How the CHIPS Act will impact Texas

Gov. Greg Abbott and Samsung leadership formally announced Samsung’s roughly $17 billion chip plant is coming to Taylor, Texas, just northeast of Austin, on Nov. 23.

AUSTIN — Texas economic and manufacturing leaders are praising the new semiconductor bill that they say is sure to elevate the state’s role as a leader in chip production.

Last week, Congress passed the CHIPS and Science Act, a $52.7 billion bill that promotes domestic production of semiconductor chips, which are used in much of modern technology including cars, phones, computers and medical equipment.

Robert Allen, president and CEO of Texas Economic Development Corporation. said Texas will “benefit tremendously” from the CHIPS Act.

 

“There were several articles written over the last couple of days about how Texas will likely be the lead beneficiary from the CHIPS Act, and I wholeheartedly agree,” Allen said. “This is certainly good news and certainly welcome news for the state of Texas in terms of our ability to continue to shine as the premier state for the semiconductor industry.”

Gov. Greg Abbott and Texas Economic Development & Tourism Executive Director Adriana Cruz made it a top priority to recruit semiconductor projects, touting the state’s ranking as the best state to do business, with its tax incentives and a growing workforce.

Because of this, they say Texas has laid the groundwork for what will likely be a windfall of major semiconductor investments, followed by related supply chain companies that find it beneficial to be located near customers. The CHIPS Act also included incentives to shore up domestic supply chains.

Then comes the multiplier effect, which refers to the impact an investment will have on jobs and an economy. According to the Economic Policy Institute, for every 100 direct jobs created in semiconductor manufacturing, there are 192.2 indirect jobs created.

So each major Texas announcement not only brings thousands of high paying tech jobs to work at the new plants, but tens of thousands of ancillary jobs including those in the dining, retail and hotel sectors. This will also mean more homes and roads will need to be built, furniture and cars will need to be purchased, and schools will be filled with kids, further adding jobs, said Tony Bennett, president of the Texas Association of Manufacturing.

“Just bringing the semiconductor manufacturing sector to your community has an extremely high rate of return for the region,” Bennett said. “It's not just the semiconductor fab that you're going to win as far as job creation and economic activity, it's literally the hundreds of vendors and suppliers that will keep that plant operating for decades.”

Texas is currently the leading state in semiconductor chip production with over $50 billion worth of investment in the pipeline, said Glenn Hamer, president and CEO of Texas Association of Business.

This includes the recent wins of securing Samsung’s $17 billion investment — and possibly a $191 billion investment — for several semiconductor manufacturing plants outside of Austin; a Texas Instruments potential $30 billion expansion in Sherman; and a GlobalWafers $5 billion chip plant bid also in Sherman.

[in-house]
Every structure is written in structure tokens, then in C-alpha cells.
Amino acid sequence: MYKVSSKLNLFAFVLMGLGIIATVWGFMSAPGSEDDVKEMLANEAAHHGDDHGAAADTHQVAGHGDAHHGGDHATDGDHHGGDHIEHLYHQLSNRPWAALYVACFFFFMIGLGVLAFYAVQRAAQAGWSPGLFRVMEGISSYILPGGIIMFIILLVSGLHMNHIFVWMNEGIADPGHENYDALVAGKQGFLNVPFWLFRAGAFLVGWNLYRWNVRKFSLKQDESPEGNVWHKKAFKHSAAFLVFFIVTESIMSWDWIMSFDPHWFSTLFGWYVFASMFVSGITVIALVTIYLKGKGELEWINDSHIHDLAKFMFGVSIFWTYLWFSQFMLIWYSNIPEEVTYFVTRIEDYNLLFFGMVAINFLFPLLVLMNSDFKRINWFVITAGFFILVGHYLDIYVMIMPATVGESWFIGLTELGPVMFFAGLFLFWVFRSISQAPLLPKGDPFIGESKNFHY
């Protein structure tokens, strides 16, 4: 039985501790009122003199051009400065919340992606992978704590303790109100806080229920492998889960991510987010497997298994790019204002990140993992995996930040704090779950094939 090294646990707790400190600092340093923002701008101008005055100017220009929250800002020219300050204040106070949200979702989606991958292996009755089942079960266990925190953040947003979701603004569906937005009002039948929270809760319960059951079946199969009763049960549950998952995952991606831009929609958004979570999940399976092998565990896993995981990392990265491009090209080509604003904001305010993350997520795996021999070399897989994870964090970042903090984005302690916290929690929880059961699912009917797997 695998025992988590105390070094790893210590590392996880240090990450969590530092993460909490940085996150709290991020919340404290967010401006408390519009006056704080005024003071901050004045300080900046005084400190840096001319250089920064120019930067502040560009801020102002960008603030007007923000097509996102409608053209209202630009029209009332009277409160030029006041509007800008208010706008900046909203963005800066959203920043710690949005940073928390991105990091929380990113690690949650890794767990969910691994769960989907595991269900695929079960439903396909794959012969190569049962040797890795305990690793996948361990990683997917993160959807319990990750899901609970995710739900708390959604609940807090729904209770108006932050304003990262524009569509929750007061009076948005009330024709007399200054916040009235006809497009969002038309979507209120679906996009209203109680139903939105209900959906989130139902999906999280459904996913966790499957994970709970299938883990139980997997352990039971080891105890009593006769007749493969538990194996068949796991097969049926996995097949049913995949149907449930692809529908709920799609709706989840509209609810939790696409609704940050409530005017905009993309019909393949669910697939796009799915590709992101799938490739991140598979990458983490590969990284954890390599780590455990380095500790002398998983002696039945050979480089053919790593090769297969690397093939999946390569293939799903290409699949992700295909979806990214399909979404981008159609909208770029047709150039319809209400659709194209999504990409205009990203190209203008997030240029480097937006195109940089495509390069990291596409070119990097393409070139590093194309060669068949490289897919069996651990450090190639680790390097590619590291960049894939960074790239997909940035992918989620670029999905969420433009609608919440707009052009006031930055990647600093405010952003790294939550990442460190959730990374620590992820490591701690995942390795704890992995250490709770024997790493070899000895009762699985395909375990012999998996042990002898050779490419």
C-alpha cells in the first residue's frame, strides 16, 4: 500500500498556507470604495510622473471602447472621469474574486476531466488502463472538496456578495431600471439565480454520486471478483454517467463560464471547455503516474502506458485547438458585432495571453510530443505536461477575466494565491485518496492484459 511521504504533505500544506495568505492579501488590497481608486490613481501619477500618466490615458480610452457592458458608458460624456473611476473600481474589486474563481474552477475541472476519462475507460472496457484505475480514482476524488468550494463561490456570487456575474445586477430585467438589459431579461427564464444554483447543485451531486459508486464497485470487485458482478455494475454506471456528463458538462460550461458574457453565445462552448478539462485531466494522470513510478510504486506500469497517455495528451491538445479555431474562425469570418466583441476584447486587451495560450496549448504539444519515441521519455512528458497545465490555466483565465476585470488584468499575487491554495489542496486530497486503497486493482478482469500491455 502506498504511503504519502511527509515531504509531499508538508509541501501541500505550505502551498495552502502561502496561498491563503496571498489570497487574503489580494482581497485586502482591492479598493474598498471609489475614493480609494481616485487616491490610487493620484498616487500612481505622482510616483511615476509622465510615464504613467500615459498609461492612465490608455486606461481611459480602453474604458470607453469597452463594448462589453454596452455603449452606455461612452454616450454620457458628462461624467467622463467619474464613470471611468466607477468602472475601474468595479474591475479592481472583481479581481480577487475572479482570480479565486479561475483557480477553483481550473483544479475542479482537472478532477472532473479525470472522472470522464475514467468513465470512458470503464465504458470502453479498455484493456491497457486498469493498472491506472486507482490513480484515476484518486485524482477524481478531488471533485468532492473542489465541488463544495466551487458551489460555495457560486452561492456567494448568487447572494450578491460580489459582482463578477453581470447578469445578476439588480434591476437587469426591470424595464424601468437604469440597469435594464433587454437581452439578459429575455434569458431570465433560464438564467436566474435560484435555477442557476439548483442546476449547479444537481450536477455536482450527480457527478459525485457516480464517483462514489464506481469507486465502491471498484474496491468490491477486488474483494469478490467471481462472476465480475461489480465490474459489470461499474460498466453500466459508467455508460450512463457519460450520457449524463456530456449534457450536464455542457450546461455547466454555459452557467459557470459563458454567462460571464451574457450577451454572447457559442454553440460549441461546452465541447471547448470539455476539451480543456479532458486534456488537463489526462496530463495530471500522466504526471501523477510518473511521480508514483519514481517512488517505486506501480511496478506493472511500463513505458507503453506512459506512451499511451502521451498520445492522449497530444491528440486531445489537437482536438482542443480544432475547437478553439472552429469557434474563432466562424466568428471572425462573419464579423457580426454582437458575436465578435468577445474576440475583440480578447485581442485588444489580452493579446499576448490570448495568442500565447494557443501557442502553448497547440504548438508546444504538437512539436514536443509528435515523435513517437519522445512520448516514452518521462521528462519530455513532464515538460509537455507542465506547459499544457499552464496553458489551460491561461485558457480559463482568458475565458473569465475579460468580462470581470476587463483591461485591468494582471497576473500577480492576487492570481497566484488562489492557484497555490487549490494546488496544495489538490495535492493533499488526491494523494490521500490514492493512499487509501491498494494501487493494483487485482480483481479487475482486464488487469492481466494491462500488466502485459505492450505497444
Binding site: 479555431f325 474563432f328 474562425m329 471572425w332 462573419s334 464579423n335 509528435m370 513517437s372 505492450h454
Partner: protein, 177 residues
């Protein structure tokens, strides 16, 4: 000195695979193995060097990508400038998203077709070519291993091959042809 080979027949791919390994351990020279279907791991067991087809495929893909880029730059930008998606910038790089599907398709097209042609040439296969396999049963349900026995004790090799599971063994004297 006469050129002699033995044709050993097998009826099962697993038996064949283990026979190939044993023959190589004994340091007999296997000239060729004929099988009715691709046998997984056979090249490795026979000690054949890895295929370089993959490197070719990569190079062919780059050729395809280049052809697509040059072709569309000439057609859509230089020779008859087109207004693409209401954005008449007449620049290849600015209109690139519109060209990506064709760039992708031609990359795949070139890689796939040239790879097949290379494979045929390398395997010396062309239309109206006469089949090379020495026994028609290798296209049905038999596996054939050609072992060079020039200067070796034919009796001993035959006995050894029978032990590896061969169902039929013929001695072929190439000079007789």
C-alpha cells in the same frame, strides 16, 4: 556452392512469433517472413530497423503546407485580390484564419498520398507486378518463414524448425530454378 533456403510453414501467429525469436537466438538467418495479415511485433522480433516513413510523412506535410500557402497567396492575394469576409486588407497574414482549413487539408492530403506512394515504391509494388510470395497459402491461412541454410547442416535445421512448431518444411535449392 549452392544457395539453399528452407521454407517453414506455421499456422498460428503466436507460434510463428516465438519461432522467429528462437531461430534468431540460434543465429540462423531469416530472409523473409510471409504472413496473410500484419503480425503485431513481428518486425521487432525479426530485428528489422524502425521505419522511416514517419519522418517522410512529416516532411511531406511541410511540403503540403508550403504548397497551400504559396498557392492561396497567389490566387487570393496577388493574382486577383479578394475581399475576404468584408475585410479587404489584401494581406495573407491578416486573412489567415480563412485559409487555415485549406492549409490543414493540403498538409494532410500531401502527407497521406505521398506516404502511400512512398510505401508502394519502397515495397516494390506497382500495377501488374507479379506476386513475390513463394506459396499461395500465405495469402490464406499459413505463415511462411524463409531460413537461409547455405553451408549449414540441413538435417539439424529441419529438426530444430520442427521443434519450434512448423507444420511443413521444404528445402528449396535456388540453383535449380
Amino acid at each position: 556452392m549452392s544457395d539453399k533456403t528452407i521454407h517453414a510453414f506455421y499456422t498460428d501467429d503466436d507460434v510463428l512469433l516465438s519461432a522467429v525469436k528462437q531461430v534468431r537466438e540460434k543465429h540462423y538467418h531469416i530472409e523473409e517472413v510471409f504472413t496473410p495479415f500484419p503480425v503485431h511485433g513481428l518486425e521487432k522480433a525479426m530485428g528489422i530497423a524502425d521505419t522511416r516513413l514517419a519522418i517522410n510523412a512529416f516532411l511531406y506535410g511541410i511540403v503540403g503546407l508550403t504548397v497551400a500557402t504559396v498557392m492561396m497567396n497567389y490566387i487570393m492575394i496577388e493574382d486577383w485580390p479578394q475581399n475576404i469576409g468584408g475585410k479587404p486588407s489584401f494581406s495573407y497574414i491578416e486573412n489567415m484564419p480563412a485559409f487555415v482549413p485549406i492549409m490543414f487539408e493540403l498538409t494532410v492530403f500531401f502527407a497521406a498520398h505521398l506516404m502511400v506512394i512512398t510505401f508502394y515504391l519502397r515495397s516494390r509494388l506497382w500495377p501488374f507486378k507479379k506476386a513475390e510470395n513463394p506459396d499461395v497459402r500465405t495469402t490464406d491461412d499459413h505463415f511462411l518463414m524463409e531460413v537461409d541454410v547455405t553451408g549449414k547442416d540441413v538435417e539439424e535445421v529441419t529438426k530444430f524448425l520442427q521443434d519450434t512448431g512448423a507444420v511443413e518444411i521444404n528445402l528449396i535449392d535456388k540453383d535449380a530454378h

Hamer added that in the next decade or so, Texas could see closer to a quarter of a trillion dollars worth of semiconductor manufacturing activity.

 

“As we speak, Texas has the healthiest economy in America, (the bill) just this really ensures our long term prosperity,” he said.

Bennett added that while it may take years for these plants to stand up, in the meantime they create thousands of jobs in construction, pipefitting, electrical, steel, concrete and more.

“The impact will be immediate,” Bennett said. “It takes several thousand people to build these plants, so immediately in all of your regional trades … thousands of jobs are created for the next two to three years. 

WHAT THIS MEANS FOR TEXAS

Overall, Texas manufacturing and economic experts say the CHIPS Act can only benefit the state and its residents. It will bring more high-paying jobs that will allow communities to flourish as they are able to bring in more taxes and resources to their residents.

According to the Texas Workforce Commission, the semiconductor industry added 1,900 jobs from June 2021 to June 2022 with an annual growth rate of 4.5%. In the Dallas-Plano-Irving metropolitan division, the semiconductor manufacturing sector saw an annual growth rate of 3.4% in June 2022, it said. 

Bennett added that jobs themselves provide growth and educational opportunities that are beneficial for young people who do not wish to pursue college immediately after high school, as well as veterans seeking new career opportunities.

But Texas’s population is already exploding. According to the 2020 Census, Texas added four million more residents over the decade prior, and an estimated 1,000 people move to Texas everyday. That means a need for more resources such as water, transportation and reliable energy.

Hamer said he is not concerned about that, adding that Texas is making the needed investments to keep up with growth.

“We will meet the challenge,” Hamer said. “Texas is investing in its infrastructure, we will continue to invest in our infrastructure, but it's a million times more positive to be growing and to be a desirable place for business than to be in the situation of states like California, Illinois and New York that are seeing businesses and people leave. “

He added: “Growth is good.”

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